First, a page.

Breastfeeding can be a challenge, especially for new mothers. However, it certainly has great benefits. Breast milk has the right nutrients for your baby, is easier to digest than formula and can increase your baby's immune system. Breastfeeding may even help you lose weights
Ask for help
Reading about breastfeeding and doing it are entirely different. From the first time you feed your baby, don’t be afraid to ask for help. Maternity nurses or lactation consultants can offer tips, starting from the basics. Your doctor or baby’s doctor can offer assistance also.
Let your baby set the pace
For the first few weeks, most newborns breast-feed every two to three hours round-the-clock. Watch for early signs of hunger, such as stirring, restlessness, sucking motions and lip movements.
Let your baby nurse from the first breast thoroughly, until your breast feels soft — typically about 15 to 20 minutes. Keep in mind, however, that there is no set time. Then try burping the baby. After that, offer the second breast. If your baby's still hungry, he or she will latch on. If not, simply start the next breast-feeding session with the second breast. If your baby consistently nurses on only one breast at a feeding during the first few weeks, pump the other breast to relieve pressure and protect your milk supply.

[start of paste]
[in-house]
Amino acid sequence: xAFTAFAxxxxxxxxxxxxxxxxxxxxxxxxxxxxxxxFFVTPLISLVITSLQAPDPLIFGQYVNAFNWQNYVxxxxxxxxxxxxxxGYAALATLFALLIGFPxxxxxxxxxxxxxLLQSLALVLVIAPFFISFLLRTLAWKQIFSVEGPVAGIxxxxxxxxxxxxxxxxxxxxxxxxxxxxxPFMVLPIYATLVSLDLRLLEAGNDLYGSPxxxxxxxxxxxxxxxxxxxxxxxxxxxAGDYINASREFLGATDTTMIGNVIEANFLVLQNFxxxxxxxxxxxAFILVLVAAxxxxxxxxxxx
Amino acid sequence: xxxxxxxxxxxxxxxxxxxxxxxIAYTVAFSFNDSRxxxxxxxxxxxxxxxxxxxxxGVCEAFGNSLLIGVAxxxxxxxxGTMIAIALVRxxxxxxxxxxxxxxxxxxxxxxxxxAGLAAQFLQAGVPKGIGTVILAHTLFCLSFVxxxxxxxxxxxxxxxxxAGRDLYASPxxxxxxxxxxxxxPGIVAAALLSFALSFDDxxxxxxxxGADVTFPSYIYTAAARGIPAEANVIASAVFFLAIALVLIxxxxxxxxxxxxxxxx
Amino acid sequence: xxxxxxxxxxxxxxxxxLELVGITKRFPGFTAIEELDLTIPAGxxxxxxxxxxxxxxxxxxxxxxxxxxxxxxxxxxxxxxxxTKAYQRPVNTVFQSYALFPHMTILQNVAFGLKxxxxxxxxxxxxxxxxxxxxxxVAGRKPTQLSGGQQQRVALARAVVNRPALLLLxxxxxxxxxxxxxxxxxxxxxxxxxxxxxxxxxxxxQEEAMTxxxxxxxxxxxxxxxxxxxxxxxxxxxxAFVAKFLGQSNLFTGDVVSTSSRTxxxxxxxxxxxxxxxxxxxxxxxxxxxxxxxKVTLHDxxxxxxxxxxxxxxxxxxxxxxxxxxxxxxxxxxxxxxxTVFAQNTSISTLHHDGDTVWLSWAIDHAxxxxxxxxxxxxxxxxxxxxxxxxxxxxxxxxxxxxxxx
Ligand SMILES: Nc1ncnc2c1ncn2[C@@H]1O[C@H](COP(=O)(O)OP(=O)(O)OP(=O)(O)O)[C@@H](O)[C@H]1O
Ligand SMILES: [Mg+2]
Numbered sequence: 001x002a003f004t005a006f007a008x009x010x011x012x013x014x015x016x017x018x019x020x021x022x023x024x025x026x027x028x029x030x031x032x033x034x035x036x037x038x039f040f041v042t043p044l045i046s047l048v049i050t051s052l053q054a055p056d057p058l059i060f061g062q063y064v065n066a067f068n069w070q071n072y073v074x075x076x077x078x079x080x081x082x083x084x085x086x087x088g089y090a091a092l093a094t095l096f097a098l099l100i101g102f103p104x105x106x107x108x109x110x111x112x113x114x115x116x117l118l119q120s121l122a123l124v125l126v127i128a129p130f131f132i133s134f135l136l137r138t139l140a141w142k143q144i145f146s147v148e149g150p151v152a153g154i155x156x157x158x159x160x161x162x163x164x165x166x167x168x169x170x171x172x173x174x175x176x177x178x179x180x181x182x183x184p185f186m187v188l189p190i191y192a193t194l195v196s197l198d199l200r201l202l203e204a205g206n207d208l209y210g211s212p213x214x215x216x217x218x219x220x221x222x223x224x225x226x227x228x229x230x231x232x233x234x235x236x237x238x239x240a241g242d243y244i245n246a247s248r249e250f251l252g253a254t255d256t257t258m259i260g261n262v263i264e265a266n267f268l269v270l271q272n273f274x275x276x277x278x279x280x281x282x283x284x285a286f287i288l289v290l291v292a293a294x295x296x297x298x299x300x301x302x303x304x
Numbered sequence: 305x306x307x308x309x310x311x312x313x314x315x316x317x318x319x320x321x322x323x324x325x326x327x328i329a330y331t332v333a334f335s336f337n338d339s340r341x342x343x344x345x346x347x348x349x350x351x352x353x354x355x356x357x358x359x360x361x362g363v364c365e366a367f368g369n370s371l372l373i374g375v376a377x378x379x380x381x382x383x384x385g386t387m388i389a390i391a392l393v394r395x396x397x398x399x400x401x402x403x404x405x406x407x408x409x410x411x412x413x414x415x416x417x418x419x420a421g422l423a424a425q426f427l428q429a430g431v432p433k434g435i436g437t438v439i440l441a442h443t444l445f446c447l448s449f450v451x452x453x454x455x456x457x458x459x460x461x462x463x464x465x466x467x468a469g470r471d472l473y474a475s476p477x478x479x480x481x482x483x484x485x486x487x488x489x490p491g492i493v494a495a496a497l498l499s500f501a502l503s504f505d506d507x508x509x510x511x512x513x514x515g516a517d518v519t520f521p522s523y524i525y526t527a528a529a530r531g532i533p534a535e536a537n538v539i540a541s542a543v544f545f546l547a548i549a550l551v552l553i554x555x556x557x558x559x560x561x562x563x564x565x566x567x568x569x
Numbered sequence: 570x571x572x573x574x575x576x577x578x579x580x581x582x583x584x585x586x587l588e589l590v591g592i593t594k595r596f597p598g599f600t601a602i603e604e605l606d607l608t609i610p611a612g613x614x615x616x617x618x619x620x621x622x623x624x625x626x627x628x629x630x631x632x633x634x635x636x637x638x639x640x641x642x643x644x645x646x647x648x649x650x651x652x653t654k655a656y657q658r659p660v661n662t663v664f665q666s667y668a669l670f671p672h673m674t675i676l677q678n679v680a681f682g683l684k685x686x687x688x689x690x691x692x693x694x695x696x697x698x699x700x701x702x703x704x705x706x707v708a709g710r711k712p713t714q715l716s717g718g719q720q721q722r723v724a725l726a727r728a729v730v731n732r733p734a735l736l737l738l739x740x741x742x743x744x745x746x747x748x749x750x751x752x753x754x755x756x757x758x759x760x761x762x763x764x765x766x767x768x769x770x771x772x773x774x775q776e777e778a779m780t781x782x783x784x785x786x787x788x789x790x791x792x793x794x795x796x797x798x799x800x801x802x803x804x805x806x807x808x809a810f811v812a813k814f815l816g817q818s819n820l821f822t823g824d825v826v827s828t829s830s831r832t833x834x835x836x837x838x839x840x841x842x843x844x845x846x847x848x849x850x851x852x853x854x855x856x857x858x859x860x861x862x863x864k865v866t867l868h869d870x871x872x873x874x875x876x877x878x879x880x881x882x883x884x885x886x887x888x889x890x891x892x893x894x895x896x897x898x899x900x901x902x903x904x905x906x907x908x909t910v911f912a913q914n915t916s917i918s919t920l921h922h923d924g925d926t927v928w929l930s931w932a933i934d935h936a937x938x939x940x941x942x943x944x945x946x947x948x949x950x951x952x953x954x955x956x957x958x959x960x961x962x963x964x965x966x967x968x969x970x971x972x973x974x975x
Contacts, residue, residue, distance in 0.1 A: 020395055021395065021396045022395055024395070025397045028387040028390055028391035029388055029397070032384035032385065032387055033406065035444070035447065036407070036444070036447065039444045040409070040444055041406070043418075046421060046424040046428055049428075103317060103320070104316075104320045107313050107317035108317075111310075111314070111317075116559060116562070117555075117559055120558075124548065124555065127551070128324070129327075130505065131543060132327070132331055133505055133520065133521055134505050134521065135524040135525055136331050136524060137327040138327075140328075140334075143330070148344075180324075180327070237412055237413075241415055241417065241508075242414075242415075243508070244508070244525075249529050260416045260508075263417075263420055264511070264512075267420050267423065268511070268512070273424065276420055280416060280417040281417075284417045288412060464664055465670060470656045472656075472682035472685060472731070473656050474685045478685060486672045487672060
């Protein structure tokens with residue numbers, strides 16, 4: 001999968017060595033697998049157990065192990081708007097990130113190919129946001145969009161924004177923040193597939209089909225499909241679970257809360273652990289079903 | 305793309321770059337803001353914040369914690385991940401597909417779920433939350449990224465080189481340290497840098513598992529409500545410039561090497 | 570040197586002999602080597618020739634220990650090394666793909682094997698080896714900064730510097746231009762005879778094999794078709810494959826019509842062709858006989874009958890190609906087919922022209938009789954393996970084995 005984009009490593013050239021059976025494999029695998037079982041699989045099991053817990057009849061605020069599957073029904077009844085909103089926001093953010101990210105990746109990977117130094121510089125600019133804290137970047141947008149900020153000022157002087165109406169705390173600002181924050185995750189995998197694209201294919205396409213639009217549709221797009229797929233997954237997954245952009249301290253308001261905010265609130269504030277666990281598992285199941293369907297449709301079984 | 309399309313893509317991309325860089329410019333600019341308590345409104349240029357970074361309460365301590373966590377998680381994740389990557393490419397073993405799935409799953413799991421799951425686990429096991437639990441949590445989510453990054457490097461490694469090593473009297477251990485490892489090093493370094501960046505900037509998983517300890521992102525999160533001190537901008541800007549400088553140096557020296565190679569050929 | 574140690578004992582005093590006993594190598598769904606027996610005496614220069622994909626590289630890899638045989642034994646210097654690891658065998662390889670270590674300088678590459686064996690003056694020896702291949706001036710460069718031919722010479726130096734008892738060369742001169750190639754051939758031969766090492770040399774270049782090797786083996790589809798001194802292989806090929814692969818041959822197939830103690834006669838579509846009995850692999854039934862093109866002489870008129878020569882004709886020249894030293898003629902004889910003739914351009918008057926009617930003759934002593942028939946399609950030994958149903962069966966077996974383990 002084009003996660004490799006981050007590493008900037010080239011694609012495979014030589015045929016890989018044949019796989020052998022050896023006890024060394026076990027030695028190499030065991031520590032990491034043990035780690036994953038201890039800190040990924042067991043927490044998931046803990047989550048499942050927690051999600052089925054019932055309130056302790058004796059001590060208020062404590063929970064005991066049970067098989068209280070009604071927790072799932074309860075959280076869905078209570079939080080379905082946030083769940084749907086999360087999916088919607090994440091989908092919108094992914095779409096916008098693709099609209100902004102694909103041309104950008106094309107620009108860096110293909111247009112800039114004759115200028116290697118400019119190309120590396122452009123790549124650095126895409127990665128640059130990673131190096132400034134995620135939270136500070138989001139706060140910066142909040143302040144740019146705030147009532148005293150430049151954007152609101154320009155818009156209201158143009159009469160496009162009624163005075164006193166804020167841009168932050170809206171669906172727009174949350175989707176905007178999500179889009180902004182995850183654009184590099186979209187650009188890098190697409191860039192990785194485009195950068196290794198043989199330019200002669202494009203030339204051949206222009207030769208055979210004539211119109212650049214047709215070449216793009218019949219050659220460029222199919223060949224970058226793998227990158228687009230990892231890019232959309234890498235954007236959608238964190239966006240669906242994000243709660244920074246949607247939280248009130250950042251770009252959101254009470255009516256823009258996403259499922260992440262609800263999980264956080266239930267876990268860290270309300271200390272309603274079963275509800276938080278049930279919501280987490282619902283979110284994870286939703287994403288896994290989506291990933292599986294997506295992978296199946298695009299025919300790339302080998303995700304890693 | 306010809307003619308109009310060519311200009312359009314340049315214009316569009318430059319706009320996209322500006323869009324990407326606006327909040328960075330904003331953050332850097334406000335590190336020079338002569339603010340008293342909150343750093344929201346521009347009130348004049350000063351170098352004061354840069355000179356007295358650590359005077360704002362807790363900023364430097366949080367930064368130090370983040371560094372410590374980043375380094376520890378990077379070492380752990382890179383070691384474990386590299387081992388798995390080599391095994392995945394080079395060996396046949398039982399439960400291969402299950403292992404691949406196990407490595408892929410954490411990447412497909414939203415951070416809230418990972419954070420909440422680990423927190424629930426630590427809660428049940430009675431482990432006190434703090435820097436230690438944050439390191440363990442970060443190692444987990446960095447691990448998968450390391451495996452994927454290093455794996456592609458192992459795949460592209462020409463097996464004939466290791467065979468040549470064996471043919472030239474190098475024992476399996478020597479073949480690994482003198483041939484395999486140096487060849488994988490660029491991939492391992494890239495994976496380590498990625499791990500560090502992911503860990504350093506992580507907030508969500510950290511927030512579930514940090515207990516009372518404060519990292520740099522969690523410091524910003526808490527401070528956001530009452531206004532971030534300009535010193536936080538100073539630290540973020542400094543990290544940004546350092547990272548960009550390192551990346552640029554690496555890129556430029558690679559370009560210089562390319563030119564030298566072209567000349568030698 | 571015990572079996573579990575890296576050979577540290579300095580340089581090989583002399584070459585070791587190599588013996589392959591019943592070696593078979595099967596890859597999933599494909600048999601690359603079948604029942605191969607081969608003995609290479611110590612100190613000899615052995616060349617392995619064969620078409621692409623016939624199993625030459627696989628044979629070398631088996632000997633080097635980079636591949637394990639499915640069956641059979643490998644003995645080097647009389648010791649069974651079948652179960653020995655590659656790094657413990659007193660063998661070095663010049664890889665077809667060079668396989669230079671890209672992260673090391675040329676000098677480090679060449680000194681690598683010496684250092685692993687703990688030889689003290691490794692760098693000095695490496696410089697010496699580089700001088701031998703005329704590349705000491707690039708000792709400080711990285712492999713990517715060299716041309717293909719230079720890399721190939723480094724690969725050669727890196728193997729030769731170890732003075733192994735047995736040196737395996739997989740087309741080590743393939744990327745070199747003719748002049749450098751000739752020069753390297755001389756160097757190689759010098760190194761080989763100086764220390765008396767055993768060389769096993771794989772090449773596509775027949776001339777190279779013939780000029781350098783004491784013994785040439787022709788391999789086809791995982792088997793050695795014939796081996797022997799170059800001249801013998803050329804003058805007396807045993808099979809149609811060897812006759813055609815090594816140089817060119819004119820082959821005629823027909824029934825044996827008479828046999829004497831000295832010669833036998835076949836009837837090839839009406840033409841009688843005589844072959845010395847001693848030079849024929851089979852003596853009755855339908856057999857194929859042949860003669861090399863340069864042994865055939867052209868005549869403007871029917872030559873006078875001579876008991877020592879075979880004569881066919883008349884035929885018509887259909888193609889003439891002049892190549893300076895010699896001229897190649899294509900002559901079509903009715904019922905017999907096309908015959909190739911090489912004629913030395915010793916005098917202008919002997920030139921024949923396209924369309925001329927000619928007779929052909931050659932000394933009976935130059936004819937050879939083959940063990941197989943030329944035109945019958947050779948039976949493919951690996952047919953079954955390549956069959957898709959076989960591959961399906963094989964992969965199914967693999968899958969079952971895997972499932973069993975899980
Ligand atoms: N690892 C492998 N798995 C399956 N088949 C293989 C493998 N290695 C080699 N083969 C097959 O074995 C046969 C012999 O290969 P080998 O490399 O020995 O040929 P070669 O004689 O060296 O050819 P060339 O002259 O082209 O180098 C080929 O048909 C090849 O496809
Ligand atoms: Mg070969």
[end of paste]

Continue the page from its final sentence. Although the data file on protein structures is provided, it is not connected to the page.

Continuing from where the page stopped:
Hold off on a pacifier
Some babies are happiest when they are sucking on something. But, giving your baby a pacifier too soon could interfere with breastfeeding. The American Academy of Pediatrics recommends waiting to introduce a pacifier until breast-feeding is well-established, usually three to four weeks after birth.
Make healthy lifestyle choices
Your lifestyle is just as important now as when you were pregnant. Be sure to eat a healthy diet, drink plenty of fluids, rest as much as possible, don’t smoke, and be cautious with medications.
Give it time
If breast-feeding is tougher than you expected, try not to get discouraged. Feeding a newborn every few hours can be tiring, and it's OK to have a slow start. Just remember that the more often you breast-feed your baby, the more milk your breasts will produce — and the more natural breast-feeding is likely to feel.
Credit: The Mayo Clinic
Posted March 16, 2016